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Old Fri Jun 08, 2007, 03:04pm
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Question New AP throw in rule

The National Federation of High Schools has changed it's rule 4-42-5 to read that the throw in ends when the throw in pass is "legally" touched by another player. After reading the comments on this change, it appears that the intent of this rule is not allow a team to lose their AP throw in because of a violation by the defense.

Here is a scenario. Please comment on whether this is the way this rule is to be interpreted. Team A has a AP throw in. The thrower releases the pass and a member to team B kicks the pass. Team B is called for the kicking violation and team A is given a spot throw in for the violation. Team A now successfully completes the throw in pass. During play a held ball occurs. Team A gets the throw in due to the AP arrow since their original AP throw in never ended.

Is this the correct interpretation?
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Old Fri Jun 08, 2007, 03:07pm
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Quote:
Originally Posted by todd66
The National Federation of High Schools has changed it's rule 4-42-5 to read that the throw in ends when the throw in pass is "legally" touched by another player. After reading the comments on this change, it appears that the intent of this rule is not allow a team to lose their AP throw in because of a violation by the defense.

Here is a scenario. Please comment on whether this is the way this rule is to be interpreted. Team A has a AP throw in. The thrower releases the pass and a member to team B kicks the pass. Team B is called for the kicking violation and team A is given a spot throw in for the violation. Team A now successfully completes the throw in pass. During play a held ball occurs. Team A gets the throw in due to the AP arrow since their original AP throw in never ended.

Is this the correct interpretation?
Yep.
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Old Fri Jun 08, 2007, 03:40pm
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That doesn't make since!
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Old Fri Jun 08, 2007, 03:41pm
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Quote:
Originally Posted by Old School
That doesn't make since!
Since when?
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Old Fri Jun 08, 2007, 03:44pm
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Here is a scenario. Please comment on whether this is the way this rule is to be interpreted. Team A has a AP throw in. The thrower releases the pass and a member to team B kicks the pass. Team B is called for the kicking violation and team A is given a spot throw in for the violation.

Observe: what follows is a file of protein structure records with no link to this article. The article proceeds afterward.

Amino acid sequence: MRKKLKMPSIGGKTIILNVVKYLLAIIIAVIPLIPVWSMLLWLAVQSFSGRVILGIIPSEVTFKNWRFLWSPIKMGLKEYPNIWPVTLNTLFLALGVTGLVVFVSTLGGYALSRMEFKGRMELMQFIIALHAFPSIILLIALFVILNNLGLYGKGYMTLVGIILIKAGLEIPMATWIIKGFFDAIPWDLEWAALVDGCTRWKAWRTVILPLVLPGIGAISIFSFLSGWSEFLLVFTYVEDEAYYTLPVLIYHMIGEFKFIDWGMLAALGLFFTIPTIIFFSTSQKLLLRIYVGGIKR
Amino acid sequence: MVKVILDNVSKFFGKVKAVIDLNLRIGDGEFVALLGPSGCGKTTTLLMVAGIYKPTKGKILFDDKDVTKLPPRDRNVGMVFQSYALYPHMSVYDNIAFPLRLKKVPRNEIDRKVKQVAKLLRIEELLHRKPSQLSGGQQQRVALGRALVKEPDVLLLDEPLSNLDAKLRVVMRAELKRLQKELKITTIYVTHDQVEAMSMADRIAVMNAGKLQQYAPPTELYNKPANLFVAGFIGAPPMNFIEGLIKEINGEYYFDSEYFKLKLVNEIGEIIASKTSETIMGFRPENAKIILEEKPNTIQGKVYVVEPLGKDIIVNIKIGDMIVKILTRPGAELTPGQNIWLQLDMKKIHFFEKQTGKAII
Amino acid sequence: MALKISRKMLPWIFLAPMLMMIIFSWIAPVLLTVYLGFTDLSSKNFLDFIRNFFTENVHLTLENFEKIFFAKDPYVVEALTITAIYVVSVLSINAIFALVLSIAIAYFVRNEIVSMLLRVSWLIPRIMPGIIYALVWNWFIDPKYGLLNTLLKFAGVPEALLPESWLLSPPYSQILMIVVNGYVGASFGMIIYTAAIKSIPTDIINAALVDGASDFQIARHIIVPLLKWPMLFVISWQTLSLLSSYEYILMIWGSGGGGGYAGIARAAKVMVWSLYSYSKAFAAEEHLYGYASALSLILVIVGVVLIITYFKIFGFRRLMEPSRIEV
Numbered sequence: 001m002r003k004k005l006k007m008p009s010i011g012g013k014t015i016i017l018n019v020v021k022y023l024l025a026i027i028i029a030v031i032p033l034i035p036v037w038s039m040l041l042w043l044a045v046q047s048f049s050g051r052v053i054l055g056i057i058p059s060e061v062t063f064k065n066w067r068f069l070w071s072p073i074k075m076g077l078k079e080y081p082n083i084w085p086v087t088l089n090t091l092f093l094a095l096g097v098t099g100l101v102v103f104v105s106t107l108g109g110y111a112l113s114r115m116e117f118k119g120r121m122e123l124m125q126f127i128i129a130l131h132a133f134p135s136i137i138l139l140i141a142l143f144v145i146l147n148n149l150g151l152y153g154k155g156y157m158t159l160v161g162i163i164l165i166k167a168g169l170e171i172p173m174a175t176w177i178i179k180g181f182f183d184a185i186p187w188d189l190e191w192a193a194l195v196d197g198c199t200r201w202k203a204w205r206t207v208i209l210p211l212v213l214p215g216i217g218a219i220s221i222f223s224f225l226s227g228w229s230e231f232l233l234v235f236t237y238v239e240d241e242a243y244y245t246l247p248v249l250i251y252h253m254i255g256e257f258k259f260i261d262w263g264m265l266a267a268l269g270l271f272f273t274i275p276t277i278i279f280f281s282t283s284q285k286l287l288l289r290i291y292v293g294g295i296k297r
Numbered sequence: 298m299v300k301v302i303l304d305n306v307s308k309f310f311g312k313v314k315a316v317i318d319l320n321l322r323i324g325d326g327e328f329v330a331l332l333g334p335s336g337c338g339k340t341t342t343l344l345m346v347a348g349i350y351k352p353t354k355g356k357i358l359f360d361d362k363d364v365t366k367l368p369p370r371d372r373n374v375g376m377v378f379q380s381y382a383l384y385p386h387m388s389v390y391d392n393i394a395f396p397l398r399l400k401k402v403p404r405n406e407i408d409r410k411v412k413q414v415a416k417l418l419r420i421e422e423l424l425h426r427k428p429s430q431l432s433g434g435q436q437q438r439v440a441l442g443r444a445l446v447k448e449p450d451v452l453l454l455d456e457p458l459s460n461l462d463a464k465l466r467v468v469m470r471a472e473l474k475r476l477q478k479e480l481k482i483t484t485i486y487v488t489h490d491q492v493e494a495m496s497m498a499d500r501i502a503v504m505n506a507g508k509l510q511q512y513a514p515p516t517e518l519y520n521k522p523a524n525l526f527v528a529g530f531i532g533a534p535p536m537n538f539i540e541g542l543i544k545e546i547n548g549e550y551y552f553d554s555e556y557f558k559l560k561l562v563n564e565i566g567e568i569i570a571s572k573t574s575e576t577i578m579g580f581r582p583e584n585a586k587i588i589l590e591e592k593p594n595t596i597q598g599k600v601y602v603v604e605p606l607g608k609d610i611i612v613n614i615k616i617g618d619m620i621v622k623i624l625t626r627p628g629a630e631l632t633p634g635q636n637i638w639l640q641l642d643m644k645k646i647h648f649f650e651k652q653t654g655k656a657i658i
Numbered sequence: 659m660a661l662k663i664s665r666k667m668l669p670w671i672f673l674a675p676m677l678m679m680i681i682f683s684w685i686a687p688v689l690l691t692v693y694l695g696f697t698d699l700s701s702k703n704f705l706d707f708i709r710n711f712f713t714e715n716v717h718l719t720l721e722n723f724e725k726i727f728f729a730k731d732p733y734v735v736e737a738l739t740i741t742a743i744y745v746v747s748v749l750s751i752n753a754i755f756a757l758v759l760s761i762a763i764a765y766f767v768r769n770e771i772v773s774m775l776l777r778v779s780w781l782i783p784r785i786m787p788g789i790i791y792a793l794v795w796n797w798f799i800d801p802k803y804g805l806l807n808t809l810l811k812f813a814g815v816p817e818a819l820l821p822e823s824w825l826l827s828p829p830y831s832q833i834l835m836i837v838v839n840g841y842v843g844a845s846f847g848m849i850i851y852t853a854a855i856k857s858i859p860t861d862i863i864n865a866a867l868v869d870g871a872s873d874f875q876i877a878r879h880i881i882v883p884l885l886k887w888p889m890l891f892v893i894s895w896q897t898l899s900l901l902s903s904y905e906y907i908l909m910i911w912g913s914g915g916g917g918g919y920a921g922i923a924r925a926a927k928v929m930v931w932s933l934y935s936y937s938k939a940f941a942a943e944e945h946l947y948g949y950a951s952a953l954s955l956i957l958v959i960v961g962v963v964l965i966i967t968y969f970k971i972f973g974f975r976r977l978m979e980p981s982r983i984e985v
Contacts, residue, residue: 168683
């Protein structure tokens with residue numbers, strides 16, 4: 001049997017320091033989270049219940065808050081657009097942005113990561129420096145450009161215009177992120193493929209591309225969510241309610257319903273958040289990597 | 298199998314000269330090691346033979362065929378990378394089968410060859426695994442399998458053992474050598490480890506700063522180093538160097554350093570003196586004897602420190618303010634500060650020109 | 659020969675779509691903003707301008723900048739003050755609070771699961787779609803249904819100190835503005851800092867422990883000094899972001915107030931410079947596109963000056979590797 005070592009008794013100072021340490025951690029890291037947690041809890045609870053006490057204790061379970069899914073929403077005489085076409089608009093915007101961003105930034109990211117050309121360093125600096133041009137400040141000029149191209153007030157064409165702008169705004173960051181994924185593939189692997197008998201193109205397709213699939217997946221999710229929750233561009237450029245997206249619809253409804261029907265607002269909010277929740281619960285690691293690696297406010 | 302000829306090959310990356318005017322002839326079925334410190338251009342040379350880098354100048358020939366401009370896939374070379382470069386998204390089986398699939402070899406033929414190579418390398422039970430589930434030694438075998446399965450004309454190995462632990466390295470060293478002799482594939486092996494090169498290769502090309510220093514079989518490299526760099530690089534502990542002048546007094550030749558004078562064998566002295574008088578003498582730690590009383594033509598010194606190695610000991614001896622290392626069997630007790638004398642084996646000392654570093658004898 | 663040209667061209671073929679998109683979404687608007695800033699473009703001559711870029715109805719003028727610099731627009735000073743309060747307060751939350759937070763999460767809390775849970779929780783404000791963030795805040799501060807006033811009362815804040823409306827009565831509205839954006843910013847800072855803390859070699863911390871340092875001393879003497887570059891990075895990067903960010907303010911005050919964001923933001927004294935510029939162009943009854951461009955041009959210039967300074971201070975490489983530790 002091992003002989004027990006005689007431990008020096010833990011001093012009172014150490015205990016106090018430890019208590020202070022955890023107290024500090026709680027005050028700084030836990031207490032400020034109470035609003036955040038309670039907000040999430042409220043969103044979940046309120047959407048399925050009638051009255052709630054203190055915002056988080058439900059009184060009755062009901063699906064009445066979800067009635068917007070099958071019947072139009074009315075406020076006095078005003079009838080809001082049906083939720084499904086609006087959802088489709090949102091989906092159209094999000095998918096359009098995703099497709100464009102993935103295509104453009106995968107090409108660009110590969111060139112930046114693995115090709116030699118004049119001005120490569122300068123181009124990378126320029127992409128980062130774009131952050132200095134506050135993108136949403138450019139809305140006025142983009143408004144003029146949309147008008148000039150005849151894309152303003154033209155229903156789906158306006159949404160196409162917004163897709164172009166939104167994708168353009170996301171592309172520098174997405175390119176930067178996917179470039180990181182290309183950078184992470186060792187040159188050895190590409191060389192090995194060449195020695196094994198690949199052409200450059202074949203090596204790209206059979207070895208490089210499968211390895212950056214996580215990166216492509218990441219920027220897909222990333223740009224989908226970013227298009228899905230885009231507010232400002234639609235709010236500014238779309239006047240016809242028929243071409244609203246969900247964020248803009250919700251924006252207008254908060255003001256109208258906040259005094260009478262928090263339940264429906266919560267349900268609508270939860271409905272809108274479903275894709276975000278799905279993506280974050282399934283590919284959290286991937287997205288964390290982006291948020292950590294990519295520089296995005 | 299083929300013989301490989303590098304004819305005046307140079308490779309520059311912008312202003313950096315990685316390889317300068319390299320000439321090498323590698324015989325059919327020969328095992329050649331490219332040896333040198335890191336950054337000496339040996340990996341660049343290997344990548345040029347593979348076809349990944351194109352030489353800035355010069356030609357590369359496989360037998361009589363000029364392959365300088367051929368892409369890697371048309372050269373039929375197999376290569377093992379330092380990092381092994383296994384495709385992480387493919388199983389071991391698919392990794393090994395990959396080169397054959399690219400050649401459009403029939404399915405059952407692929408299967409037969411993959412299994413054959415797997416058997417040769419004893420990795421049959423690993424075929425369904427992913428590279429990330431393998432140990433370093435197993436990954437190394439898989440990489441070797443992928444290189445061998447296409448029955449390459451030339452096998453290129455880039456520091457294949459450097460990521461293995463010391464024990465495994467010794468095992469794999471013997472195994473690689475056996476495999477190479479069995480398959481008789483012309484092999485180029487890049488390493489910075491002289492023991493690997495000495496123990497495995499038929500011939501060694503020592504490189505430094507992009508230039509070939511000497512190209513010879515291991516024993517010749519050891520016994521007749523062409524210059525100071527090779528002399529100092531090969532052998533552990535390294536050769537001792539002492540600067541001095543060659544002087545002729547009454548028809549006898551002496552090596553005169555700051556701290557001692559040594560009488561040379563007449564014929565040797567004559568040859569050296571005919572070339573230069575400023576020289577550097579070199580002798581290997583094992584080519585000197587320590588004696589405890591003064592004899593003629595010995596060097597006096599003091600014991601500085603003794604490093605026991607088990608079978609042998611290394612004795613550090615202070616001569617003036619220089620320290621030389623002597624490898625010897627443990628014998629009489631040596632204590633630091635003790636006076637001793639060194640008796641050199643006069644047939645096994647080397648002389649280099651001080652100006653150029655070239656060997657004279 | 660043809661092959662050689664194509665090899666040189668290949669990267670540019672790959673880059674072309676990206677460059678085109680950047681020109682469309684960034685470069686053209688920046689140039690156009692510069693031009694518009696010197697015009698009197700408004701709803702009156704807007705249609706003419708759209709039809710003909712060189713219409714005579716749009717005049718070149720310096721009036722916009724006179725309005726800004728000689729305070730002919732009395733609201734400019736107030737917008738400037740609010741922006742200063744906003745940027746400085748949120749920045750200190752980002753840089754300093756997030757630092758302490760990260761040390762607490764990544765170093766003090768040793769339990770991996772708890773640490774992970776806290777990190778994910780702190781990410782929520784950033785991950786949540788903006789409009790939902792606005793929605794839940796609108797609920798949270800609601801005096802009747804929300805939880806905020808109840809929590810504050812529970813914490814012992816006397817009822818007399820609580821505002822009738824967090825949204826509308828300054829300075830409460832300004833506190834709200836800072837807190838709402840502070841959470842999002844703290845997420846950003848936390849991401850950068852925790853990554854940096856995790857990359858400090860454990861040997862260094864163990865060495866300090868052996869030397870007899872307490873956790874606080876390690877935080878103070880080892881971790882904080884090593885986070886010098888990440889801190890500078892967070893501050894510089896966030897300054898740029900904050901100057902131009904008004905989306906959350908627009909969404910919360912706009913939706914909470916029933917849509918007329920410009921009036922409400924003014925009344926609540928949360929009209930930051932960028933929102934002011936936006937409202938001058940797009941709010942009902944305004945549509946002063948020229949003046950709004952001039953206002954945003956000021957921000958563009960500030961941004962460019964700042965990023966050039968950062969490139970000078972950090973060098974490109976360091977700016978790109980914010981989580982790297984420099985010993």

So a kicking violation by Team B on an AP throw-in results in a spot throw-in... doesn't that put Team A at a disadvantage??


Team A now successfully completes the throw in pass. During play a held ball occurs. Team A gets the throw in due to the AP arrow since their original AP throw in never ended.
Shouldn't the arrow switch to Team B after the A's successful throw-in is complete?

Help me out.
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Old Fri Jun 08, 2007, 03:45pm
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Quote:
Originally Posted by Ch1town
Team A now successfully completes the throw in pass. During play a held ball occurs. Team A gets the throw in due to the AP arrow since their original AP throw in never ended.
Shouldn't the arrow switch to Team B after the A's successful throw-in is complete?
My thoughts exactly....
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Old Fri Jun 08, 2007, 03:46pm
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I agree with M&M's interpretation of the rule, but I wonder about the rule's logic...

Assume that before the throw in Team B had the ball and B1 was involved in a jump ball situation. Team A is awarded the throw in on the AP, so Team B has now lost possession. In the OP, Team B then kicks the ball on the throw in, so the rule gives Team A the throw in because of the kick (not because of the jump ball) and leaves the AP arrow with Team A. If Team B has another jump ball on the their next possession, they lose the ball again on the AP. What is the logic in giving Team A the AP possession twice in a row in this type of situation?